Much of what children learn is not taught in a classroom. They learn by living. View life with your child as an ongoing learning laboratory with endless opportunities to explore.
TEACH, DON’T PREACH, ABOUT GOOD EATING!
– Encourage, but don’t force, your child to try new foods.
– Teach your child to eat till his belly “feels full.” Never insist on an empty plate.
– Don’t worry about how much your child eats; if her growth is normal, she’s eating enough.
– Don’t classify foods as “good for you” or “bad for you.” All foods eaten in moderation, even sweets and treats, are fine.
– Don’t use food as a pacifier, reward or punishment; this puts an emotional value on food that could set the stage for a power struggle.
– Teach your child to eat a colorful plate. This automatically offers in a variety of foods and nutrients.
– Eating and activity should go hand in hand. The earlier this habit is established the less likely your child will grow into a couch potato.
– Make grains, vegetable and fruits the foundation of your child’s meals and snacks. They are naturally low in fat and high in fiber, vitamins and minerals.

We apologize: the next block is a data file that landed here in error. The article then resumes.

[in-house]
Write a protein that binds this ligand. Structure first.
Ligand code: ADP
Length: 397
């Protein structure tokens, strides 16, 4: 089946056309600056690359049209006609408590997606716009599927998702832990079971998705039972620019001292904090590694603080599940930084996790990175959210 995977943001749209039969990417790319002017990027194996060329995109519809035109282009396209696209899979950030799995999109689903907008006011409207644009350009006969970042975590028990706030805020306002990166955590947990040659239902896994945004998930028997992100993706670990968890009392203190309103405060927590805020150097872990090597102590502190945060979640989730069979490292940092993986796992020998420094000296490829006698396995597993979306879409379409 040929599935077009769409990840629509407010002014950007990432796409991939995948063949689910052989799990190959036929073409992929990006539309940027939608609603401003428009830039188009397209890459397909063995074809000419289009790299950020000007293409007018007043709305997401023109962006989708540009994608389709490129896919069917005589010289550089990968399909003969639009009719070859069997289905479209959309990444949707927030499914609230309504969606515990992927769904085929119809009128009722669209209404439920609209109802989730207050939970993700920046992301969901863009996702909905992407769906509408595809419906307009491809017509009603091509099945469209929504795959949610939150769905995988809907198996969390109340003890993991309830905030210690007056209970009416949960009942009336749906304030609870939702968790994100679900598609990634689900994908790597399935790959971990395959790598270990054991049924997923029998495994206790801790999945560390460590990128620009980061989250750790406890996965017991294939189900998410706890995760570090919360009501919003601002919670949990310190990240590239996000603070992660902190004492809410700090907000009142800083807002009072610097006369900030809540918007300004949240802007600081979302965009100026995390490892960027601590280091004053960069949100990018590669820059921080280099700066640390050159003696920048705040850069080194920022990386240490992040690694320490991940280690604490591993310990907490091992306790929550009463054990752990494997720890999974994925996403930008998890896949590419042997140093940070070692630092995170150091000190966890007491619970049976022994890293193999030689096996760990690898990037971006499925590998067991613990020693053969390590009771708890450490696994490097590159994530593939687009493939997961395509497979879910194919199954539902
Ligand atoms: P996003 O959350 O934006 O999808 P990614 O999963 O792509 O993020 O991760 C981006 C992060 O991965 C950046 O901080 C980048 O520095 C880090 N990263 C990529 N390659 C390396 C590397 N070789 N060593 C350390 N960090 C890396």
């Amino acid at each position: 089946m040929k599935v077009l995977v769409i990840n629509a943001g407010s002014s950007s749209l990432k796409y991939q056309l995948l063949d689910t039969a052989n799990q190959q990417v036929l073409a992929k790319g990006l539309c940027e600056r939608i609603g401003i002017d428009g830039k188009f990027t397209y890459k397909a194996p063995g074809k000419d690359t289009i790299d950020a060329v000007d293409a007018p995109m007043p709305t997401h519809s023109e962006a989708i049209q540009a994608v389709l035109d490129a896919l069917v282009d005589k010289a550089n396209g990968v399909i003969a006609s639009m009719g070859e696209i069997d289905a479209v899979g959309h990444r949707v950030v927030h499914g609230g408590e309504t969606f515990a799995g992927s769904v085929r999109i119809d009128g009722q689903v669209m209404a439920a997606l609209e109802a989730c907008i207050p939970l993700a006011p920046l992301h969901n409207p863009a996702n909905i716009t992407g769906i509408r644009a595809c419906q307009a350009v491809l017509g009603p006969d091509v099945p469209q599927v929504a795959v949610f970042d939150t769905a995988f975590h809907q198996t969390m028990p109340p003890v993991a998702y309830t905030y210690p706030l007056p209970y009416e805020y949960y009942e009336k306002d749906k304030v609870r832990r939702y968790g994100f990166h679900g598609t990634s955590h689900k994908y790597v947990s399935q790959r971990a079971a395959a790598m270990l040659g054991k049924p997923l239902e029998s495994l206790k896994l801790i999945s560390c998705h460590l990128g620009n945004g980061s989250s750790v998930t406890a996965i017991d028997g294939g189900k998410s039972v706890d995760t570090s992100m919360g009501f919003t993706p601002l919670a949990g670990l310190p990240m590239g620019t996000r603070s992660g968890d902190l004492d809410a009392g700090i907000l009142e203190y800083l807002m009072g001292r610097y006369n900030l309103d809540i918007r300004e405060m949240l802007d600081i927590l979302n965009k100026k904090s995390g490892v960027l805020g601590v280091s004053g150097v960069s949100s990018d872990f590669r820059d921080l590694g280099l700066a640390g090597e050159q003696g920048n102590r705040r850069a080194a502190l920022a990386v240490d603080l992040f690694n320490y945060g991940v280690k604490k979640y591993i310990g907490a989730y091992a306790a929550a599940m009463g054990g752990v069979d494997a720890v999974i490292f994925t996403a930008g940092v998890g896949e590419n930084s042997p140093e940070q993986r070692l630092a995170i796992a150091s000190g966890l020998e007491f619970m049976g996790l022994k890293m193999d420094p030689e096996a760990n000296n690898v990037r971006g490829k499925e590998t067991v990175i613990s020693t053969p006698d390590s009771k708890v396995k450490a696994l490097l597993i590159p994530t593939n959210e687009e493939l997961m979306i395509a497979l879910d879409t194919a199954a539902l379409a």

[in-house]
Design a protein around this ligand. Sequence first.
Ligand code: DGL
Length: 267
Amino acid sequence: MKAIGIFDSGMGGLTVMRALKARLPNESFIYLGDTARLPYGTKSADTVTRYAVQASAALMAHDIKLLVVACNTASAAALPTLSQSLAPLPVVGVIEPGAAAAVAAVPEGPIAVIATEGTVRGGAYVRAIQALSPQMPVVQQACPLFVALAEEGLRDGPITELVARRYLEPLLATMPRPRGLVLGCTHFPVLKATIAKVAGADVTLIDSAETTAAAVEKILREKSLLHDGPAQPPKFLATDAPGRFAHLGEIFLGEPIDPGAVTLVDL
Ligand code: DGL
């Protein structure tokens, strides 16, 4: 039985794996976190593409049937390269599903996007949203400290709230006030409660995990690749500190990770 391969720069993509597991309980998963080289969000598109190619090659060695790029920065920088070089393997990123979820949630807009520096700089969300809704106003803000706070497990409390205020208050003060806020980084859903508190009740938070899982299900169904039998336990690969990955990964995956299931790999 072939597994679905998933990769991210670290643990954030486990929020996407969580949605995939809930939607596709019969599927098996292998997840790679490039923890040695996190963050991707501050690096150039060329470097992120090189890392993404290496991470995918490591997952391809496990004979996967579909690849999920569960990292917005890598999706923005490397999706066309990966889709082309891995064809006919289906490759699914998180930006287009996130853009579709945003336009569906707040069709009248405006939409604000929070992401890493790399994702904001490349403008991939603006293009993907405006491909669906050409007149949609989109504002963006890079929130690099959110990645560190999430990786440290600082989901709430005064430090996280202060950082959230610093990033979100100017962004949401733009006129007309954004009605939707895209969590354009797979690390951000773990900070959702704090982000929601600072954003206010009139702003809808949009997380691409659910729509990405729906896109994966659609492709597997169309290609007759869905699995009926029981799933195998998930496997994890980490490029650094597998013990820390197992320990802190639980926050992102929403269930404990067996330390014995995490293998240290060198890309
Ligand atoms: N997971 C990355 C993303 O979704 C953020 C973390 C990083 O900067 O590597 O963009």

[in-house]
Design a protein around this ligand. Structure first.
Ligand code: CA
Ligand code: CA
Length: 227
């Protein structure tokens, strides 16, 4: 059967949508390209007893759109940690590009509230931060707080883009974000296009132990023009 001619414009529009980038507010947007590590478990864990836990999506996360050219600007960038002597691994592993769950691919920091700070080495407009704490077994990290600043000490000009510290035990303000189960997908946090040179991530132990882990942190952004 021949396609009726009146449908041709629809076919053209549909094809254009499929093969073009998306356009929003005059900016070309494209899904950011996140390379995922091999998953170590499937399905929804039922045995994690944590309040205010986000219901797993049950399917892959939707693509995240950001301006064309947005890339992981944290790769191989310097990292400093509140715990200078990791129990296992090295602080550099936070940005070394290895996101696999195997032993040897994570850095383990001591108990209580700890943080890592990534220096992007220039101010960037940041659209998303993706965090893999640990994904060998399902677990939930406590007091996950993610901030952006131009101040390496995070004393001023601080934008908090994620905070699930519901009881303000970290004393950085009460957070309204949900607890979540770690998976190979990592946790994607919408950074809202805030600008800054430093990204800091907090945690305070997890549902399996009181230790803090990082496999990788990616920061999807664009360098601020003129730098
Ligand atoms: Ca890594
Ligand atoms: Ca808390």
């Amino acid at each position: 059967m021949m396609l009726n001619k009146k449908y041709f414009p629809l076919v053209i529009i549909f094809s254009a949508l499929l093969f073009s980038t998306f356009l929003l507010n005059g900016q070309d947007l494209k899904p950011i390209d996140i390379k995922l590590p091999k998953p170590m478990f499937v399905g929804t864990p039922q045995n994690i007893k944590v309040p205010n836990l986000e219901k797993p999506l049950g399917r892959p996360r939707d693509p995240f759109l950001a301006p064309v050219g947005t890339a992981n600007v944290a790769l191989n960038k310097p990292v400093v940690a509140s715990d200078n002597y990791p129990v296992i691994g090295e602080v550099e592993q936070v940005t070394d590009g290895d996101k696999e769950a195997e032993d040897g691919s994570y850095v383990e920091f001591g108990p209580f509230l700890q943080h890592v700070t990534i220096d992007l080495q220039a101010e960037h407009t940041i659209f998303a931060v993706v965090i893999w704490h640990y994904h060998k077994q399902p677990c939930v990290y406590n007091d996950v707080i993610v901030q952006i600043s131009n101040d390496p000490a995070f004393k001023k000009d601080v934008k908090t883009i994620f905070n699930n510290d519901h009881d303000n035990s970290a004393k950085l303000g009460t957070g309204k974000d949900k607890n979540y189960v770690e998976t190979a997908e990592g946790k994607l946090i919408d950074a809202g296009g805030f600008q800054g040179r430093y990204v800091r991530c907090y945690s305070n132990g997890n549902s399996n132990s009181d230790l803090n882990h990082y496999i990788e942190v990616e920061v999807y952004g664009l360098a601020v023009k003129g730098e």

– Demonstrate the “napkin test” – place French fries, fried chicken or a doughnut on a napkin and watch the grease ring grow. These are “choose less often” choices.
– Foods with a face – animal foods – should be eaten in moderation. These choices are higher in cholesterol and saturated fat.
– Keep portions kid-sized. Small stomachs needs small servings offered frequently – 3 small meals and 3 snacks a day is fine.
– Plan a small dessert – like pudding – as part of the meal. Don’t withhold it if your child eats less of the main course.
– Sweet and treats are fun. Being too strict about certain foods draws attention to them and makes them much more desirable.
– Your child learns by example; make good eating a family affair.
– Stay calm and hold on to your sense of humor. Food phases come and go!